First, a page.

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Archive for March, 2009:

Counterfeit Twenty

Friday, March 20th, 2009

Twenty Dollar BillSomewhere along the line I picked up a counterfeit twenty dollar bill. I didn’t know it was dubious until I tried to spend it at a restaurant in La Libertad. The waiter asked me if I had another bill, he said the one I gave him was bad. I protested, a little offended. It’s not like I counterfeited the bill and regardless of its authenticity, the restaurant could just pass it off to the next unsuspecting customer and so the bill would circulate like a hot potato.

The waiter took me to the cash register and showed me what it looked like under a black light. There were several creases that had worn away to white from wear, the white creases shining under the black light. I had noticed the bill was worn before I tried to spend it but I thought it was just because I had put it in my shoe for safe-keeping on one bus ride. I finally agreed the bill was fake and I borrowed money from my captain for the bill, figuring I’d spend the twenty at some less vigilent establishment, even if I have to wait till I get back to the States–they never check there.

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Marlin

Friday, March 13th, 2009

marlinAfter Quito I took a night bus to Guayaquil and then another to La Libertad. I didn’t bother checking out Guayaquil because I’ve grown tired of the big cities. If I have time before we leave, I might check out some of the smaller towns on the coast. Once in La Libertad I phoned my new captain to tell him I was getting in a taxi to the marina. He said he’d meet me at the gate in 10 minutes. At the gate I met Tom, face-to-face, for the first time. He hopped in the cab and the driver took us the rest of the way, through the marina, to Tom’s boat, Marlin.

Marlin was drydocked and had been for the last 6 months at Puerto Lucia while Tom had to go back to working as a chef in the Caymen Islands. I liked Tom immediately. He’s responsible, hard working, fun and easy-going. When I arrived, He had been working on installing a new auto-pilot and an electric windlass (that’s the thing that hauls the anchor up, thank God). After some small talk, he continued working on the boat and I slept, having gotten poor sleep on the bus ride.

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Ecuador

Saturday, March 7th, 2009

QuitoFrom Bogota, I took a bus to Cali (not -fornia). I arrived late at night and didn’t have an address for the hostel. I had a taxi driver take me to another hotel and I used their Internet to locate the hostel. It was like saying, “I’m not going to stay here, but can I use your Internet to locate another hotel?” I spent two and a half days in Cali. It was okay, I hung out at the hostel mostly, laying low and trying to save money, especially because I can’t get any more until I get my bank cards. The hostel was kind of empty anyways but there was one guy who rode his bike from the US to Costa Rica until he hurt his leg.

I left Cali at 9pm to go to Ipiales, the border town before Ecuador. I managed to sleep most of the ride except when I was woken by a police officer in Popayan who wanted to search my bag and check my passport. He did and I went back to sleep. We arrived at Ipiales early morning where Felipe, an Argentine I met on the bus, and I took a cab to the border. We checked out of Colombia and into Ecuador. Then took another cab to Tulcan, where we hopped on another bus to Quito. This leg took 5 hours and we passed the equator without much notice. My first time in the Southern Hemisphere.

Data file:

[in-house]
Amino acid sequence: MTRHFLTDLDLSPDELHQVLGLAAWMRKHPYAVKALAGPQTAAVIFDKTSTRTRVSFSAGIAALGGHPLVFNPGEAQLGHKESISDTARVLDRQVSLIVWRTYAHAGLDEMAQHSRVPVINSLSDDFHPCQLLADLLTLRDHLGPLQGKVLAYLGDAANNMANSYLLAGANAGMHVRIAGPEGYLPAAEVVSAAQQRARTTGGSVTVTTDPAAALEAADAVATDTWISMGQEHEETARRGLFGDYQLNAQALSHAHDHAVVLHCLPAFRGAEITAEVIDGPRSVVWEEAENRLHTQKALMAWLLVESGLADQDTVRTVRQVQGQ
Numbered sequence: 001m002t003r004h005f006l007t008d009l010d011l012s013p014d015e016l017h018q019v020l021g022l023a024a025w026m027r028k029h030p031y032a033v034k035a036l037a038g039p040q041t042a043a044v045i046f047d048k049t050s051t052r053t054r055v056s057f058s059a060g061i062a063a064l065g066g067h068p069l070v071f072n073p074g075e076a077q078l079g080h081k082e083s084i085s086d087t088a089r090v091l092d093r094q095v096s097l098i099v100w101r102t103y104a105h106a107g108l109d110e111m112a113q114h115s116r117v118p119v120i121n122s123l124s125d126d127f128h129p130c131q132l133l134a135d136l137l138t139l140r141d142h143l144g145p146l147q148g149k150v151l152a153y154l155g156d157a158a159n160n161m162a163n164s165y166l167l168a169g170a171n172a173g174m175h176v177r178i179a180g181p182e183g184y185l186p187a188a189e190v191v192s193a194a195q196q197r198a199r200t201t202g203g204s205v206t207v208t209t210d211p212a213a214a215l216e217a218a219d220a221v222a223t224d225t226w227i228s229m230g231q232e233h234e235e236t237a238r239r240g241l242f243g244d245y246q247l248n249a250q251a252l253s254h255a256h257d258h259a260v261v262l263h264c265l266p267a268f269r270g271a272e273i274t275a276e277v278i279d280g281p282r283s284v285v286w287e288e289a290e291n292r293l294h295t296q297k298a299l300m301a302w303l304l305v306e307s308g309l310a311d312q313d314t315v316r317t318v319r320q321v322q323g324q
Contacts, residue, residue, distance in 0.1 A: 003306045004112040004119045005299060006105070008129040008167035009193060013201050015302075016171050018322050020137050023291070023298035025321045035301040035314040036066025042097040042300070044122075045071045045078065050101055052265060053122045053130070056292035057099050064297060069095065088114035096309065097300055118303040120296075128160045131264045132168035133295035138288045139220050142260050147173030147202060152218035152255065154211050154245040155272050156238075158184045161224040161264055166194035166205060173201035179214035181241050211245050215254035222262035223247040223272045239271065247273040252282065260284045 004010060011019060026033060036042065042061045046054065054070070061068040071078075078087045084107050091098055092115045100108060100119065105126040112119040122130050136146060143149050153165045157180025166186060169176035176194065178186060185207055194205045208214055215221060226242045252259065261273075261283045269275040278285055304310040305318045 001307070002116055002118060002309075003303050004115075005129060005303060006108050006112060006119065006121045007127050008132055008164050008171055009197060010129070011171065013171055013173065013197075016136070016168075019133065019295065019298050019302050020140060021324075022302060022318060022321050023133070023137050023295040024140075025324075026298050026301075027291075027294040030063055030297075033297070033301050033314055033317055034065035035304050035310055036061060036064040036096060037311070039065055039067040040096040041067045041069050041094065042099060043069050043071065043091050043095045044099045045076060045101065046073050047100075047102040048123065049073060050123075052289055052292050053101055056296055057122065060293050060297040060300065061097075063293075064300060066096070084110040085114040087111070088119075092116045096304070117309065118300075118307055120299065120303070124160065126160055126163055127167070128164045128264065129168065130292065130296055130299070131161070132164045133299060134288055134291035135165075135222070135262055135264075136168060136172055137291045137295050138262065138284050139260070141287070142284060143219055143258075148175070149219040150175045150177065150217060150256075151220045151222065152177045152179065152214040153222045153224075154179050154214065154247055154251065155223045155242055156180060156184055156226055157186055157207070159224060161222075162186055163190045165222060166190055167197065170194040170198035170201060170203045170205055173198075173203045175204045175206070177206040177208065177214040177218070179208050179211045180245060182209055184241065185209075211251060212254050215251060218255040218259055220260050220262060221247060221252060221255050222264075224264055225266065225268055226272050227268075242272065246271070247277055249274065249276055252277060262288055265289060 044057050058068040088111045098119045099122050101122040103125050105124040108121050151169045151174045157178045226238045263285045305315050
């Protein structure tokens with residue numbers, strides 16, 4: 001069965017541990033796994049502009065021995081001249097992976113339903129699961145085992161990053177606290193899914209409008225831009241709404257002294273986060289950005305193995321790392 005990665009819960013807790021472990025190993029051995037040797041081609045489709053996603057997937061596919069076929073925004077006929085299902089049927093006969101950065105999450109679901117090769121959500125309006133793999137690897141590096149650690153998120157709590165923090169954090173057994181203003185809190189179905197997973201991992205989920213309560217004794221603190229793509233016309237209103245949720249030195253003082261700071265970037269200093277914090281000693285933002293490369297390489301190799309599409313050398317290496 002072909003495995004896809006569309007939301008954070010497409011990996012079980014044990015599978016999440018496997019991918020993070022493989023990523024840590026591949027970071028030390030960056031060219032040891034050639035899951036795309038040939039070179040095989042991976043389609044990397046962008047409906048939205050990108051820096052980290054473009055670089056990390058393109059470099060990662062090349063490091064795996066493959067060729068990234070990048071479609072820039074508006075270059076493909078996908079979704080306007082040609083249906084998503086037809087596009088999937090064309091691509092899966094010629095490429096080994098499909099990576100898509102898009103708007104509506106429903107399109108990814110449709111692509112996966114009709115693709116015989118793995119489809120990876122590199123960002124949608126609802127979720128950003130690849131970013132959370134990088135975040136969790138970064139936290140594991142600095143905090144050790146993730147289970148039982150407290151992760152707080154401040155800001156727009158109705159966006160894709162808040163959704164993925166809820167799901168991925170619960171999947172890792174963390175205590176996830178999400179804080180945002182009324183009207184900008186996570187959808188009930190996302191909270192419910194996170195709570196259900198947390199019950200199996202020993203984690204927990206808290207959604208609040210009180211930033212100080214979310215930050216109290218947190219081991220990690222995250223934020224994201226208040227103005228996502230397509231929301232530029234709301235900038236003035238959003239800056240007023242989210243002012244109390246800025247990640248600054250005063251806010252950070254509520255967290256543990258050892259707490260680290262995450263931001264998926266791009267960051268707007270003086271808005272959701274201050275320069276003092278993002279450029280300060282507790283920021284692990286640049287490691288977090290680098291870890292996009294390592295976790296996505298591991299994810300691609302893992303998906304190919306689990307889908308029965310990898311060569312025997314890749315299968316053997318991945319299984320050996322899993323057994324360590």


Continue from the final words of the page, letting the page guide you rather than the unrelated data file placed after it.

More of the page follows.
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Good Riddance Miami

Monday, March 2nd, 2009

Bogotá from Cerro de MontserratI booked a room at a hostel in Miami for Saturday night because my plane was scheduled to leave at 6:30am on Sunday. I never made it to the hostel, though. I asked Adam what he thought of going out in Miami on Saturday night and he said he was down. He asked Allison and so was she.  We pre-partied at Honey and Dan’s place (friends of Allison). More of her friends arrived and we taxied it to Mansion in South Beach. Adam, my friend Owen and I  had actually been there once before when we were last together in Florida. It was more crowded than I remembered it being last time, which was a couple Decembers ago. Things were going good until it was getting a little late and I went to the bar to get a water. After ordering, I reached for my wallet and it wasn’t in my back pocket. I knew immediately that I’d been pick-pocketed. I showed my ID to gain entrance, so I had it then. I also tipped the bathroom guy, so I had it in the bathroom too. The dance floor was packed and there were always people brushing by. It was an easy task for a thief. I met up with our friends and they were tired and wanted to go home. Dan had already been kicked out—for what I don’t know.

Things could have been worse. There was only about $60 in the wallet. At least I was in the States and I was in the company of people who could trust me with a loan. I asked Adam to loan me $300 until I got my new cards. Afterwards, I called my bank and cancelled the cards. I had them send the new ones to my Mom’s house and I’ll have her FedEx them to Ecuador. I considered staying in Florida, at the cost of a $150 flight, to wait for the cards to come. This wouldn’t have been a bad option either. Because of this, I’m now paranoid about my stuff. I also hate Miami. And I continue to hate clubs. I don’t know why I went. I can’t wait to get back to the dive bars and karaoke bars of San Francisco.

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